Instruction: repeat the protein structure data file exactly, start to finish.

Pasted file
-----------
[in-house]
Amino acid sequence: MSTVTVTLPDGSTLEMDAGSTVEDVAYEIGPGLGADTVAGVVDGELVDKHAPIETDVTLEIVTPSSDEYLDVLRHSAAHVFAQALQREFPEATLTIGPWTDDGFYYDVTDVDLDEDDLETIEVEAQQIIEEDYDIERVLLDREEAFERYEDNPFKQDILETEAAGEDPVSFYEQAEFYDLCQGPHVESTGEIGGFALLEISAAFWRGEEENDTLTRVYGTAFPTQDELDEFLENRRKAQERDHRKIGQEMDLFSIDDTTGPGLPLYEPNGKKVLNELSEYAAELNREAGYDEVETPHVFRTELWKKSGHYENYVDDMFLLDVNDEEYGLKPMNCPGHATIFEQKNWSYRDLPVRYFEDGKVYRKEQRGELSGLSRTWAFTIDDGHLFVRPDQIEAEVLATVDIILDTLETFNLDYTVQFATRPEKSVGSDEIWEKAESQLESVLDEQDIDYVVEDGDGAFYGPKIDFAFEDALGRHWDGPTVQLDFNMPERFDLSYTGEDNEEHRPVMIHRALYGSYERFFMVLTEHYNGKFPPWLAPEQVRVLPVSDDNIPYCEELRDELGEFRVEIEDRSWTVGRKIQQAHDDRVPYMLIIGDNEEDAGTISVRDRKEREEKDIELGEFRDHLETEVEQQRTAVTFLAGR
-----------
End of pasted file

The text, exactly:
[in-house]
Amino acid sequence: MSTVTVTLPDGSTLEMDAGSTVEDVAYEIGPGLGADTVAGVVDGELVDKHAPIETDVTLEIVTPSSDEYLDVLRHSAAHVFAQALQREFPEATLTIGPWTDDGFYYDVTDVDLDEDDLETIEVEAQQIIEEDYDIERVLLDREEAFERYEDNPFKQDILETEAAGEDPVSFYEQAEFYDLCQGPHVESTGEIGGFALLEISAAFWRGEEENDTLTRVYGTAFPTQDELDEFLENRRKAQERDHRKIGQEMDLFSIDDTTGPGLPLYEPNGKKVLNELSEYAAELNREAGYDEVETPHVFRTELWKKSGHYENYVDDMFLLDVNDEEYGLKPMNCPGHATIFEQKNWSYRDLPVRYFEDGKVYRKEQRGELSGLSRTWAFTIDDGHLFVRPDQIEAEVLATVDIILDTLETFNLDYTVQFATRPEKSVGSDEIWEKAESQLESVLDEQDIDYVVEDGDGAFYGPKIDFAFEDALGRHWDGPTVQLDFNMPERFDLSYTGEDNEEHRPVMIHRALYGSYERFFMVLTEHYNGKFPPWLAPEQVRVLPVSDDNIPYCEELRDELGEFRVEIEDRSWTVGRKIQQAHDDRVPYMLIIGDNEEDAGTISVRDRKEREEKDIELGEFRDHLETEVEQQRTAVTFLAGR